Every year, the various hunting and firearms magazines publish articles extolling a list of firearms and calibers that the authors believe exemplifies the perfect battery for hunting in North America. They are, for the most part, well researched and practical guides written by people who generally have a great deal of hunting and/or shooting experience. That’s what they are, guides, and as such they reflect the authors experience and knowledge.
Before starting on the big game cartridges, there are two calibers that you must have. The first is a .22 rimfire, the inexpensive ammo allows you to shoot without hearing the "KA-CHING" of a cash register in your head at every shot. It allows for a lot of practice on the target range, as well as being the premier small game gun. When buying a .22, make sure it is comfortable for you to shoot, that it fits you well, it is the firearm you will use the most. The next firearm you must have will be 12 gauge shotgun. In a survival situation the various shot and slug loadings of the 12 gauge are adequate for any game in North America, as long as the ranges are short. The .22 and 12 gauge could be called the meat and potatoes of a meal, the essentials. The spices and gravy would be the next two calibers.
The 25/06 started life as a wildcat. Based on the 30/06 necked down to .25 caliber, it was originally designed as a long range varmint cartridge, a feat at which it still excels. Today however, when you realize its mild recoil, accuracy, trajectory and long range punch, (when sighted in 1.5 inches high at 100 yards, using a good 115 to 120 grain bullet, it is only 6 inches low at 300 yards with a retained energy of around 1500 hundred foot pounds) the 25/06 comes very close to being the ideal deer and antelope cartridge. It has been used on larger game, such as elk, but most knowledgeable hunters consider it adequate on game up to Caribou in size, but as a long range varmint and deer cartridge, it’s perfect.
The .338 represents an entirely different power level. With 180 or 200 grain bullets of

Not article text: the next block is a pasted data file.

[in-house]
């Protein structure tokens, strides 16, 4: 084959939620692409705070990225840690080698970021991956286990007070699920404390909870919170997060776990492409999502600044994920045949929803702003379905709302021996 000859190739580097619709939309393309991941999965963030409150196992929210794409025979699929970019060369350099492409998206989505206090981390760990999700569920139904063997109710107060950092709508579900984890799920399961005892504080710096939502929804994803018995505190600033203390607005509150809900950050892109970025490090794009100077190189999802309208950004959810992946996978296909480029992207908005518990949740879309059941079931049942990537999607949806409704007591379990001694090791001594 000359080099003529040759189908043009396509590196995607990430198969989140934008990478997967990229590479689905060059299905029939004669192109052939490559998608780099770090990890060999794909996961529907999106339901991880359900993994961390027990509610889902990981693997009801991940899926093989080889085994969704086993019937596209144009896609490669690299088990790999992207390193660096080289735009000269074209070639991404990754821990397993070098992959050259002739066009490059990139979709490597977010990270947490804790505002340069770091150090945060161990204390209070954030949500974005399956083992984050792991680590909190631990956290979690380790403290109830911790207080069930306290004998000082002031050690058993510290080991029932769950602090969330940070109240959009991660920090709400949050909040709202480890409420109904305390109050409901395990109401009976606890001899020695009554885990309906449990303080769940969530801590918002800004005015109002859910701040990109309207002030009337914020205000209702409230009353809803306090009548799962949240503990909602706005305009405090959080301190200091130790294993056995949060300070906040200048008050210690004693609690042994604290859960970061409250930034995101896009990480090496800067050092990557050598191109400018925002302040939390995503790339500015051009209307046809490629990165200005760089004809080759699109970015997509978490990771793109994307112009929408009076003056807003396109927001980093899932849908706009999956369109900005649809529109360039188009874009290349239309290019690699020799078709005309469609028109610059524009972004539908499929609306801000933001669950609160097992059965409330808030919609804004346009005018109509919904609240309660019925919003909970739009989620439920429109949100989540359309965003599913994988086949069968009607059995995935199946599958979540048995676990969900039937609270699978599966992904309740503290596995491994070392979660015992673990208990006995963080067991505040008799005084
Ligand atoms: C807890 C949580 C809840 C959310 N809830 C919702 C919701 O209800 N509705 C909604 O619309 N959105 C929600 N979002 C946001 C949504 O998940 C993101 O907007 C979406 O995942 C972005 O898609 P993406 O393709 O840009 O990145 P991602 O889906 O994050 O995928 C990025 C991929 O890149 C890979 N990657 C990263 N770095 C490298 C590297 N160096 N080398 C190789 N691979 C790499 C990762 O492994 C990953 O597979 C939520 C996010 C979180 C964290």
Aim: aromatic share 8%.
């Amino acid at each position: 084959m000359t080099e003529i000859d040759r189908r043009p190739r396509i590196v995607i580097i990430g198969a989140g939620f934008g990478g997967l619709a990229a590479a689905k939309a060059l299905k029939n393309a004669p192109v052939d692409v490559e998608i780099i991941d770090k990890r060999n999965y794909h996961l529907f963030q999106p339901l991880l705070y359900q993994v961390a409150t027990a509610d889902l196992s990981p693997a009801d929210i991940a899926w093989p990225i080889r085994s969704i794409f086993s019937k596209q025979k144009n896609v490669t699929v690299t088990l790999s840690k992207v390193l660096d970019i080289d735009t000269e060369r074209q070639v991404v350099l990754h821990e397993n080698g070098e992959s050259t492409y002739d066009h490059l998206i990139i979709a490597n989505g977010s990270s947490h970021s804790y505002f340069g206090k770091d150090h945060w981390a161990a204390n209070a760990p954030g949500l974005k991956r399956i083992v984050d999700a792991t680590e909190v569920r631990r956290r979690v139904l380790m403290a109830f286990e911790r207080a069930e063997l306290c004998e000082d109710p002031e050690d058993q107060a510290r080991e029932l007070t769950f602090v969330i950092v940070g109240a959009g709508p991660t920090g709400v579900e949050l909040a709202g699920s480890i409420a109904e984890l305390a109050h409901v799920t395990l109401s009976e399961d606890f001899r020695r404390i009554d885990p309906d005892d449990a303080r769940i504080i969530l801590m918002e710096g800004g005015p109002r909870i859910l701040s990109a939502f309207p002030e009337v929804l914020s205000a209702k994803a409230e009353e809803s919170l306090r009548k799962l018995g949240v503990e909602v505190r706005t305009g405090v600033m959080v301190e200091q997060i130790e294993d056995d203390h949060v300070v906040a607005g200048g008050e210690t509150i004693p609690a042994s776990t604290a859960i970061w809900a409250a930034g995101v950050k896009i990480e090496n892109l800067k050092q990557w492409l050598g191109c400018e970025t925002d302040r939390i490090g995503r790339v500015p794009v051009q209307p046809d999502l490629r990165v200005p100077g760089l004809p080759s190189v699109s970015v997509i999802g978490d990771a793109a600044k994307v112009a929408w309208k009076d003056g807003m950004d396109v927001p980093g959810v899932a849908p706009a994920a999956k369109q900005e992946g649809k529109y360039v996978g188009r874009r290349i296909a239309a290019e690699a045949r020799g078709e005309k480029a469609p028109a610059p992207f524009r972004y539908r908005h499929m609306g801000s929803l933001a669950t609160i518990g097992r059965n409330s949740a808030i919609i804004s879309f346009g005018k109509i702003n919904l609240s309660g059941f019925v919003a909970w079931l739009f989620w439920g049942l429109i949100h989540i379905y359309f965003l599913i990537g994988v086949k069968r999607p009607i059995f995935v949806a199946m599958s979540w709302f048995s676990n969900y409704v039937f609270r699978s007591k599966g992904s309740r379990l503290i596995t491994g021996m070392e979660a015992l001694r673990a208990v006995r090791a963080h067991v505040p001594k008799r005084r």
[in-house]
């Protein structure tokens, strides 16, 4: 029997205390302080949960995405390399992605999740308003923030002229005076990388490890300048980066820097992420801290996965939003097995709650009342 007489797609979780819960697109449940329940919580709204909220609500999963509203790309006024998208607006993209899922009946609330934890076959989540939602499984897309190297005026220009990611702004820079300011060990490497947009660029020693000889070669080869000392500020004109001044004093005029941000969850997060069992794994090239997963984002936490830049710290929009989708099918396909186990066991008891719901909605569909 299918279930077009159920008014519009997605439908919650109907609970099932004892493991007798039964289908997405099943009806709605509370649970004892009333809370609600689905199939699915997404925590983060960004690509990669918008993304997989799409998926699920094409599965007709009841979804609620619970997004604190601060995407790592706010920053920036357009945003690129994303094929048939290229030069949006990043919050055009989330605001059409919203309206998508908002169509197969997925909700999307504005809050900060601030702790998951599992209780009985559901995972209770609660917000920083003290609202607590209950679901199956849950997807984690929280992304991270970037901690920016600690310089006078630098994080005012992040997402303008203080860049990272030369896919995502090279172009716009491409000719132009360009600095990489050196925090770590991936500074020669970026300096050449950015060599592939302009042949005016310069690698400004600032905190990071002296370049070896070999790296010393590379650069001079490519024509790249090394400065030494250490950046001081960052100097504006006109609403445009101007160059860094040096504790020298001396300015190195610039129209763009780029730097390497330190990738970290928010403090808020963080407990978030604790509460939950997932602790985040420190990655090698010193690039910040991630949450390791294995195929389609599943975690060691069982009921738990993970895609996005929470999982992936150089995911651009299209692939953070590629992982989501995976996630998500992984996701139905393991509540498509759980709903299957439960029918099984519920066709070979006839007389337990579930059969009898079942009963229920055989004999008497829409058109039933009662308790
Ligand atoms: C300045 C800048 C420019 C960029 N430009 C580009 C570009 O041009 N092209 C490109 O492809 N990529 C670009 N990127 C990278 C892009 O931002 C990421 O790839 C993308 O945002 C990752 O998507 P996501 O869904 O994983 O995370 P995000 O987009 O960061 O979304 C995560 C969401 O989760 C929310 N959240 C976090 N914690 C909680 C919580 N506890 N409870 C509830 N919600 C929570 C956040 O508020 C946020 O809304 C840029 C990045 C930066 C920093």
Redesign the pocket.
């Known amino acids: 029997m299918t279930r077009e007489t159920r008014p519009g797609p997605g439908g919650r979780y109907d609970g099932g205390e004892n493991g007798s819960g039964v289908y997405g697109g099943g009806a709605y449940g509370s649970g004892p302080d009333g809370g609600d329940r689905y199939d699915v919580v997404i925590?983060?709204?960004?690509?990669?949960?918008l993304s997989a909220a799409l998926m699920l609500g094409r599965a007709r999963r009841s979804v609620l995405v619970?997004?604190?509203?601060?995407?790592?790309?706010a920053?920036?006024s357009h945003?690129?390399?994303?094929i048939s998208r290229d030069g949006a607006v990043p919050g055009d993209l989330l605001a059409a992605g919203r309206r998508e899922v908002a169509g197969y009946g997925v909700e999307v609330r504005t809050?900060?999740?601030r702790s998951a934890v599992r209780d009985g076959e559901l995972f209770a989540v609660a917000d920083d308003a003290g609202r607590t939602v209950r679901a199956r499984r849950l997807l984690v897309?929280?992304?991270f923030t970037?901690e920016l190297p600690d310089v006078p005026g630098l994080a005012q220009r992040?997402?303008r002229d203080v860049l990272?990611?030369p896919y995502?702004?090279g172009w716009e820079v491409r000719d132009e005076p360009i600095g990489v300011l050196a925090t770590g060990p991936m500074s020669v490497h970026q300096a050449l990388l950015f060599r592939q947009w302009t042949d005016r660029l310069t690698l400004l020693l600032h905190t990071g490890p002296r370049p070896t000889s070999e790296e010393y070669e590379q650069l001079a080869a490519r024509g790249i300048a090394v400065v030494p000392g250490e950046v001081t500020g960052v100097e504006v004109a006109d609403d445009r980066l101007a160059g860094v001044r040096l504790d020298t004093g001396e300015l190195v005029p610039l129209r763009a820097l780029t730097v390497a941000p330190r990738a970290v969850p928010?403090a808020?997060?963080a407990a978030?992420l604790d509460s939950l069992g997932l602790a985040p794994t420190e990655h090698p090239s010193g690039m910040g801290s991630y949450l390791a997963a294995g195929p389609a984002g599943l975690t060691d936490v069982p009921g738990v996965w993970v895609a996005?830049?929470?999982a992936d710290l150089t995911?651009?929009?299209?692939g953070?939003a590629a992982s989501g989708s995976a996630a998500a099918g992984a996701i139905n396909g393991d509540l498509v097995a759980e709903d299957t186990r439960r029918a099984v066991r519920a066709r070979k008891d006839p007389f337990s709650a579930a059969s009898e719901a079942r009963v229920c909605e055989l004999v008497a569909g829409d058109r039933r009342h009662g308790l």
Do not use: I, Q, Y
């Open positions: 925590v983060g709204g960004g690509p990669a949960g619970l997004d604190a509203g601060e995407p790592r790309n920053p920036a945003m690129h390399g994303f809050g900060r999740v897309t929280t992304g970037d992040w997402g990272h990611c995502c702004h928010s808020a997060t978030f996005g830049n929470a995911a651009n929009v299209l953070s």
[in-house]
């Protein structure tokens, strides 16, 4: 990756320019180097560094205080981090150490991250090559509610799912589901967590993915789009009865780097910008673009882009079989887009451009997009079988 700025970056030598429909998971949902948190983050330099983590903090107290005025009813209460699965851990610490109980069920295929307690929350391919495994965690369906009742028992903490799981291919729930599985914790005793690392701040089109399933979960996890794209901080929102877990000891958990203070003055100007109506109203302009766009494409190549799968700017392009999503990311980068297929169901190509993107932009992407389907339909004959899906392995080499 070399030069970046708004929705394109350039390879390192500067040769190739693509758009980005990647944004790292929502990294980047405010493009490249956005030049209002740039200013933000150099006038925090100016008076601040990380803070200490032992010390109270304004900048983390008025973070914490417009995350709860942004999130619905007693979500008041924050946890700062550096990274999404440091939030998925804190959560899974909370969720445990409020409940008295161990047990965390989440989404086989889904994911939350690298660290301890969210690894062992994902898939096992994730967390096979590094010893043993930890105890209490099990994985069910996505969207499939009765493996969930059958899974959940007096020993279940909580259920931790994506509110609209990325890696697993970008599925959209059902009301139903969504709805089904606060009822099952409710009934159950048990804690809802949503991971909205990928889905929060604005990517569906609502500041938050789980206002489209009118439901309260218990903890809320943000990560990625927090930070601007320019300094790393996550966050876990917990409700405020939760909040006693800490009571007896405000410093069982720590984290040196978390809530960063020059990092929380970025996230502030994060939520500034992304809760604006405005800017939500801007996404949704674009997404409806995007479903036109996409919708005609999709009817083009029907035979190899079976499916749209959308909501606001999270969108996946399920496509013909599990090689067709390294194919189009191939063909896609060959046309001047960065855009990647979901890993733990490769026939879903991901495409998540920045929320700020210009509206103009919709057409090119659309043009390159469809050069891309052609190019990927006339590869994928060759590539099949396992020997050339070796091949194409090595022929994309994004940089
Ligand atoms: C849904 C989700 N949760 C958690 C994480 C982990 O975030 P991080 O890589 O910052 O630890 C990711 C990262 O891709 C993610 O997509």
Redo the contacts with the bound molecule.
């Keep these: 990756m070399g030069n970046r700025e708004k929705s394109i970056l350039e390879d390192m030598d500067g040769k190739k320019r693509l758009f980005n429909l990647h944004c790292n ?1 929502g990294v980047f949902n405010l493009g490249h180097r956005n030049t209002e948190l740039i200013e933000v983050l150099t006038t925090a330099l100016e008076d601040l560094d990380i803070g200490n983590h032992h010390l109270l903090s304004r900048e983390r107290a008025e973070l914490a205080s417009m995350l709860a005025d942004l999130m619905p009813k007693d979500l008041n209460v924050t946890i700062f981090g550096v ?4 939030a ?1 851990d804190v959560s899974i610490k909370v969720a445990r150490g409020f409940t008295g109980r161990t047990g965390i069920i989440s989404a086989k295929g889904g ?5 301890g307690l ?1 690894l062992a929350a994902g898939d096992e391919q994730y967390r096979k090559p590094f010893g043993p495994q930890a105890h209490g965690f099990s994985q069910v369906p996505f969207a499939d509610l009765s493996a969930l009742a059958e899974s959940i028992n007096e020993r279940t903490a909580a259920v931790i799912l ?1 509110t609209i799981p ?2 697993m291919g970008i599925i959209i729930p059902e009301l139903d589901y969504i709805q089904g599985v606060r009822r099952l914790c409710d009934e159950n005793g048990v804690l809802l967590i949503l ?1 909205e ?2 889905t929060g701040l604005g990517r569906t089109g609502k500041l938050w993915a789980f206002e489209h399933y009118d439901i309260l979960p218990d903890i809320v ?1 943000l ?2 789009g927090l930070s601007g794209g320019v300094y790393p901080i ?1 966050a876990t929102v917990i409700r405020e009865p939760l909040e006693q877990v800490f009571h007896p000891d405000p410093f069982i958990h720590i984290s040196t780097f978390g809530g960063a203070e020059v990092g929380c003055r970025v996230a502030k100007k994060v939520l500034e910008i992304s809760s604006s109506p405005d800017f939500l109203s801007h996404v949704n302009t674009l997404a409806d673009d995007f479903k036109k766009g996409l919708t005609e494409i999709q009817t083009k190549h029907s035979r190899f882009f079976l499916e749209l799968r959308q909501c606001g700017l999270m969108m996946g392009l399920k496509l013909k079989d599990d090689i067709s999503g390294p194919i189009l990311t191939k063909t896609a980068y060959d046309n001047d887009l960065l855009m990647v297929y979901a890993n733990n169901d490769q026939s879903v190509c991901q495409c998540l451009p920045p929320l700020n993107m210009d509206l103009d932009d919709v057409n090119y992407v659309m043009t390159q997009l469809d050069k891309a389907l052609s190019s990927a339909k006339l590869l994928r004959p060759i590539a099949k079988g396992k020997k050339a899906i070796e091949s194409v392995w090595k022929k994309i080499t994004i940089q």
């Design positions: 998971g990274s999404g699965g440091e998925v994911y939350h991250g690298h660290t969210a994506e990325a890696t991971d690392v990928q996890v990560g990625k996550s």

high ballistic coefficient, it is within an inch of the25/06’s trajectory at 300 yards. It also carries almost 1,000 more foot pounds of energy than the 25/06 at that range, not a bad thing but not needed on deer or antelope, that’s what your 25/06 is for. The trade-off is increased recoil, if both scoped firearms weigh 8.5 pounds; the 25/06’s recoil energy would be about 14 foot pounds and the .338’s would be 32 foot pounds, that’s the tradeoff when you give a bullet weighing twice as much as another bullet the same trajectory, increased foot pounds of energy-at both ends of the firearm
The .338 is considered a premier Elk cartridge with either 225 or 250 grain bullets. Again the trajectory nearly matches the 25/06’s trajectory which translates, as mentioned above, to increased recoil energy and bullet energy. This time, however, it’s a fair trade-off. Elk, Moose, or big bear need a tough, high energy bullet for deep penetration through heavy bone and muscle on its way to the vitals. The energy of a properly constructed .338 bullet will allow it to enter the animal’s vitals and create sufficient hydrostatic shock to produce the resulting, deadly, hydrodynamic shock.
The 25/06 Remington and .338 Winchester, a deadly duo for North American big game. There may be others just as good, but none better.